Does the Utah State Legislature pass too many bills?

The Salt Lake Tribune reported that 351 new laws took effect today, addressing issues from foster care to fireworks. During this year’s legislative session, legislators passed 504 bills (many of which were resolutions that didn’t create any new laws) out of a total 929 numbered bills.

This represents a significant rise in the number of bills created and passed over the last 12 years. Since 1998, the number of bills passed per year has increased by an average of 1.0 percent each year and by an average of 5.3 percent each year since 2006. You can see these trends in the following chart:

These data present some interesting questions for responsible citizens generally, and for conservatives in particular. Utah’s legislative session lasts 45 days, which means that if the bills had been divided evenly among the 45 days, in 2011 legislators would have considered as many as 21 bills per day. That represents an increase of seven bills per day compared with 2002.

For responsible citizens, is it a good thing that legislators are passing more laws on average each year? Passing more bills in the same 45-day session means that legislators have less time to analyze, vet and discuss each piece of legislation. Just as importantly, if not more, responsible citizens have less time and fewer opportunities to scrutinize proposed laws and communicate their views to elected officials.

Is this trend good for Utah because legislators are being more “productive,” or is it bad because it is speeding up a process that should be slow and deliberate?

It seems that more legislative activity usually translates into bigger, more intrusive government; thus, as conservatives, we tend to view this trend as negative. Or is it possible that Utah’s legislators are actually reducing the size of government through the laws they pass?

Liberal-leaning Utahns are probably schizophrenic about this trend: They like that government is more active, and likely growing, but they dislike that a generally conservative legislative body is directing that increased activity.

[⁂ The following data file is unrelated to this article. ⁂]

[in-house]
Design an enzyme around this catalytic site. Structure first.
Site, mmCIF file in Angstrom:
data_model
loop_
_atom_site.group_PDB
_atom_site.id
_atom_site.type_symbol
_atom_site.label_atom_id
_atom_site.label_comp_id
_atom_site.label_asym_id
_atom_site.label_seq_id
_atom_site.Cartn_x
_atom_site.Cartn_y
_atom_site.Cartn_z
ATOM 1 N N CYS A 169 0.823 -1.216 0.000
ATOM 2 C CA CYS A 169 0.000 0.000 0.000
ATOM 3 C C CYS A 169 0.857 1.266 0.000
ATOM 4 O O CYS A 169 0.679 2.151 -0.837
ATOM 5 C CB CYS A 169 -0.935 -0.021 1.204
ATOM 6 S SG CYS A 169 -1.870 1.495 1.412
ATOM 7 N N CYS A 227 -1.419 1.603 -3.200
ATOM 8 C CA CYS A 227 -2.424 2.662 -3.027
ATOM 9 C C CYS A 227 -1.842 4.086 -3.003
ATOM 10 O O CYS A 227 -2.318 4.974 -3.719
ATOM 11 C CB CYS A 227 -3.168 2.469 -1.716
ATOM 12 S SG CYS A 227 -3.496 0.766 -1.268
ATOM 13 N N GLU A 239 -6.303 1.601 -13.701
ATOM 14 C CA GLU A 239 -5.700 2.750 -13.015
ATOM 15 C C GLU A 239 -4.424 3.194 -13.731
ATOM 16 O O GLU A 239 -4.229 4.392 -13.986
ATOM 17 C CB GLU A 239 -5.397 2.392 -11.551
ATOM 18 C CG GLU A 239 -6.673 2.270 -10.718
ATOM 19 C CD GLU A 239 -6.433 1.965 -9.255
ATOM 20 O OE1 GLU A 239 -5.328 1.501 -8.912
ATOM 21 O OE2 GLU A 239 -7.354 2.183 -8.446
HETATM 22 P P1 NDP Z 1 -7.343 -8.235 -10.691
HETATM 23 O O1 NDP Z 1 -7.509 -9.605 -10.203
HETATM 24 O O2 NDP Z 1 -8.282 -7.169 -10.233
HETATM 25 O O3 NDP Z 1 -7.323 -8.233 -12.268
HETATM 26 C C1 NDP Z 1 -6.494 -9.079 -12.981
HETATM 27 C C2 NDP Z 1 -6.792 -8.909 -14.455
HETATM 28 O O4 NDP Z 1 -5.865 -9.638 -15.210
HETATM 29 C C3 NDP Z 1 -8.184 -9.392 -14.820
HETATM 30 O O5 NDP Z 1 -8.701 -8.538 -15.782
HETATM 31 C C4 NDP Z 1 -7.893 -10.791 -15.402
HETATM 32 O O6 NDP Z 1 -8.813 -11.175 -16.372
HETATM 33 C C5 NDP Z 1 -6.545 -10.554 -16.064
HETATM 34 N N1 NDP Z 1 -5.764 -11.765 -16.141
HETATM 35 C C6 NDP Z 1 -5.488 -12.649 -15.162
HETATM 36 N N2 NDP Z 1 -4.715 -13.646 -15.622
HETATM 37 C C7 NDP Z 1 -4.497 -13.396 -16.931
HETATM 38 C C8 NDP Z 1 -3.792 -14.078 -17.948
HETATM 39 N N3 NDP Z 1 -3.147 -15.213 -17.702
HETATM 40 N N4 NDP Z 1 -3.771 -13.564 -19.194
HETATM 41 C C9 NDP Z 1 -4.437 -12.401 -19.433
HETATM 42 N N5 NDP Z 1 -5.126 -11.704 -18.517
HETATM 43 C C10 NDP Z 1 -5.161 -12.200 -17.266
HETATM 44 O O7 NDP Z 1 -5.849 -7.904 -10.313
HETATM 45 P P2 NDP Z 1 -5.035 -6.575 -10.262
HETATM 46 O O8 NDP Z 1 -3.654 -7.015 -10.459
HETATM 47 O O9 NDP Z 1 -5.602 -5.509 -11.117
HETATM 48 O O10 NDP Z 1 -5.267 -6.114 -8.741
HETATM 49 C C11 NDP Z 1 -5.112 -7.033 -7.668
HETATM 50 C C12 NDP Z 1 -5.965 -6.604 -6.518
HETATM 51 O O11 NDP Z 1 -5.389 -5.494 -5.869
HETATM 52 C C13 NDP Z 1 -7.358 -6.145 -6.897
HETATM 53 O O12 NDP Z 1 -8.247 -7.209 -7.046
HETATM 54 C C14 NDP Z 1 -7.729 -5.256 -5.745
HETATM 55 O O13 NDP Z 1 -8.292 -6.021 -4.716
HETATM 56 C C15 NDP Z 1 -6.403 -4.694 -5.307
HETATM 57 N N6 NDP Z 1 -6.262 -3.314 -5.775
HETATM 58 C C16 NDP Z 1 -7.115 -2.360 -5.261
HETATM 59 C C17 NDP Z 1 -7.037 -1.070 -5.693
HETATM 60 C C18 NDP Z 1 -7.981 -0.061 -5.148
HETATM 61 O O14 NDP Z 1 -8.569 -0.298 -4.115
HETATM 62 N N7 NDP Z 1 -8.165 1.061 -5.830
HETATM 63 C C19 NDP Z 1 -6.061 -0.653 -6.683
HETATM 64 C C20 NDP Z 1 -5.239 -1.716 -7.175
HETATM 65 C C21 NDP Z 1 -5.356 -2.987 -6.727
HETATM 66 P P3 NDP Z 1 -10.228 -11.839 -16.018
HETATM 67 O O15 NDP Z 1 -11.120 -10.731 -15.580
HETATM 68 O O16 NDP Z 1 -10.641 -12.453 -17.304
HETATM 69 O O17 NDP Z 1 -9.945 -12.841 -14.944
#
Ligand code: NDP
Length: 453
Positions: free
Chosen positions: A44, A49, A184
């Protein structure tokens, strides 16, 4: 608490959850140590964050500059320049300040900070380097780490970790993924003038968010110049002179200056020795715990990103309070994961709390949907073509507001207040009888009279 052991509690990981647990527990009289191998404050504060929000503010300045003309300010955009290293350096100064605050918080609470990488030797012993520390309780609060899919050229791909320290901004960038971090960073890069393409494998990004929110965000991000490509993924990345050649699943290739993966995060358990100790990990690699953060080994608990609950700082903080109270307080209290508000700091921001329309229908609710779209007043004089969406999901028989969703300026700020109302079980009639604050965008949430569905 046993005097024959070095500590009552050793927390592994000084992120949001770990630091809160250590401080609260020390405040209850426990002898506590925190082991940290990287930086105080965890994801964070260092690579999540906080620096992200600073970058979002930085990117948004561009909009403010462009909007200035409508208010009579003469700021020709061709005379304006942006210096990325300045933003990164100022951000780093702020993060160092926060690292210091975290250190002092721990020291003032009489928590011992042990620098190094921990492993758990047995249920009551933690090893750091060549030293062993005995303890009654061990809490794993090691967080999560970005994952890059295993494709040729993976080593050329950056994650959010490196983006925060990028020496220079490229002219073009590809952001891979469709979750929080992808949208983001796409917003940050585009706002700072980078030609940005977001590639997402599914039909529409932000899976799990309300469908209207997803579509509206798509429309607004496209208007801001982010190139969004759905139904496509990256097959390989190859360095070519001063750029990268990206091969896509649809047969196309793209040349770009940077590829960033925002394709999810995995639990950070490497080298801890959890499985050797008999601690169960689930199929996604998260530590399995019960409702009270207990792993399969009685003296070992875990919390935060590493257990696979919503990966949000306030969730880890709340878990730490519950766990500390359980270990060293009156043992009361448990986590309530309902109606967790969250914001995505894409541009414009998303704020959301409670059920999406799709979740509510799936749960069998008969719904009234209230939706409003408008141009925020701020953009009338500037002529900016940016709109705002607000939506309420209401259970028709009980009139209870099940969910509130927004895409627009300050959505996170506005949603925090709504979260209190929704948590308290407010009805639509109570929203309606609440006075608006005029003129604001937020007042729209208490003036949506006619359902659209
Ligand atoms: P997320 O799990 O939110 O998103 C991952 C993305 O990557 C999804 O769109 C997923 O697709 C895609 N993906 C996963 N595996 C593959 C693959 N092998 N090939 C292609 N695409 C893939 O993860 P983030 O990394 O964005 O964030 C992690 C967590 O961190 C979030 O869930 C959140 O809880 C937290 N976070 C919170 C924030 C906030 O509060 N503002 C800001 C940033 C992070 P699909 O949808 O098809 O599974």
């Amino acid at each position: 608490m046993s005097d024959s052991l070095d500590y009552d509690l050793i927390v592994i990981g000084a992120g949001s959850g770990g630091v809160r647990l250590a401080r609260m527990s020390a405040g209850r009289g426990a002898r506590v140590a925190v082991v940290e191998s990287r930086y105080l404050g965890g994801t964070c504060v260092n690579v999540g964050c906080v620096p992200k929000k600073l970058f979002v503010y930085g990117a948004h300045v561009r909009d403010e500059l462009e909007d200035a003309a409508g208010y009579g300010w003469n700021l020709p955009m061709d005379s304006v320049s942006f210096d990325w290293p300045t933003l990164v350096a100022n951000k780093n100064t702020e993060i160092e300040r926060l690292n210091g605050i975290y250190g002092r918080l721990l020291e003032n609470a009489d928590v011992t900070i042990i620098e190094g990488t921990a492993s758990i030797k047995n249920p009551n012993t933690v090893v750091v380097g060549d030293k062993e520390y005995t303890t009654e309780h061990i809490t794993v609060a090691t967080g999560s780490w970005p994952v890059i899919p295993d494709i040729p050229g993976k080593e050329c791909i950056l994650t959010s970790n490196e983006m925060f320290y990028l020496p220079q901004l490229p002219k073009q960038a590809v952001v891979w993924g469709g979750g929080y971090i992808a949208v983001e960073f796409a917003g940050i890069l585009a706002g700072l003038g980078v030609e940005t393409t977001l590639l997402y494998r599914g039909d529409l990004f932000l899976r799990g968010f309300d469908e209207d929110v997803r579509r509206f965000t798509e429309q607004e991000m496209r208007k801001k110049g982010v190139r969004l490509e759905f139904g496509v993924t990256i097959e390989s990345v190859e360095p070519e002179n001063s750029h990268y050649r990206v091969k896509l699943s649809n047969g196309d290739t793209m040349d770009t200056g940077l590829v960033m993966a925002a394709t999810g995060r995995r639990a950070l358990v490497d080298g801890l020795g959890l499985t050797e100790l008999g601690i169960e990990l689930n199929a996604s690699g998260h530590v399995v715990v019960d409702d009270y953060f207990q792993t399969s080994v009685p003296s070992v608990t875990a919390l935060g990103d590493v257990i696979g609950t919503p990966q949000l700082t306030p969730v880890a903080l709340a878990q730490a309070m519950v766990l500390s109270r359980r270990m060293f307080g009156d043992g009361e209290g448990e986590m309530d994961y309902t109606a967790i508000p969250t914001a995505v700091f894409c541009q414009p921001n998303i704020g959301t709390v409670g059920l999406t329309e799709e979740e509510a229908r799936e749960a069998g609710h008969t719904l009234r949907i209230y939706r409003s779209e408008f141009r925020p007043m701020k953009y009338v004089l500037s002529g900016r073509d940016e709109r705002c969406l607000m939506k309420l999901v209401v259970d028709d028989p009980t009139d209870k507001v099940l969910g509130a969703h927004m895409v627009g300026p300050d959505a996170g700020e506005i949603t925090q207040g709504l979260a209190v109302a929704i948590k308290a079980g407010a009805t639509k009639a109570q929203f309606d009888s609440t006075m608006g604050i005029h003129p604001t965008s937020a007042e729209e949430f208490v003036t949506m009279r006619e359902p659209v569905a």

What do you think?

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  • Luke E. Dalton — Ogden

    I consider myself to be conservative — although by Utah’s extreme standards I’m probably a flaming liberal.  I’ve served twice as a delegate to the Republican state convention, but the last time around I was shouted down in our local caucus because I tried to express some more moderate views and to point out that some claims made by others present were simply false.  Most of those in attendance identified themselves as affiliated with the Tea Party.

    I take strong issue with your last paragraph: “Liberal-leaning Utahns are probably schizophrenic about this trend: They
    like that government is more active, and likely growing, but they
    dislike that a generally conservative legislative body is directing that
    increased activity.”  It is not “liberals” in Utah who are increasing the size and intrusiveness of government in our lives.  It is the extremists — ala Gayle Ruzika and Chris Buttars , Sen. Howard Christiansen, Carl Wimmer, Mike Noel and others who are actually doing so.

    Our legislature is far to beholden to extremists and special interests and not to ordinary people.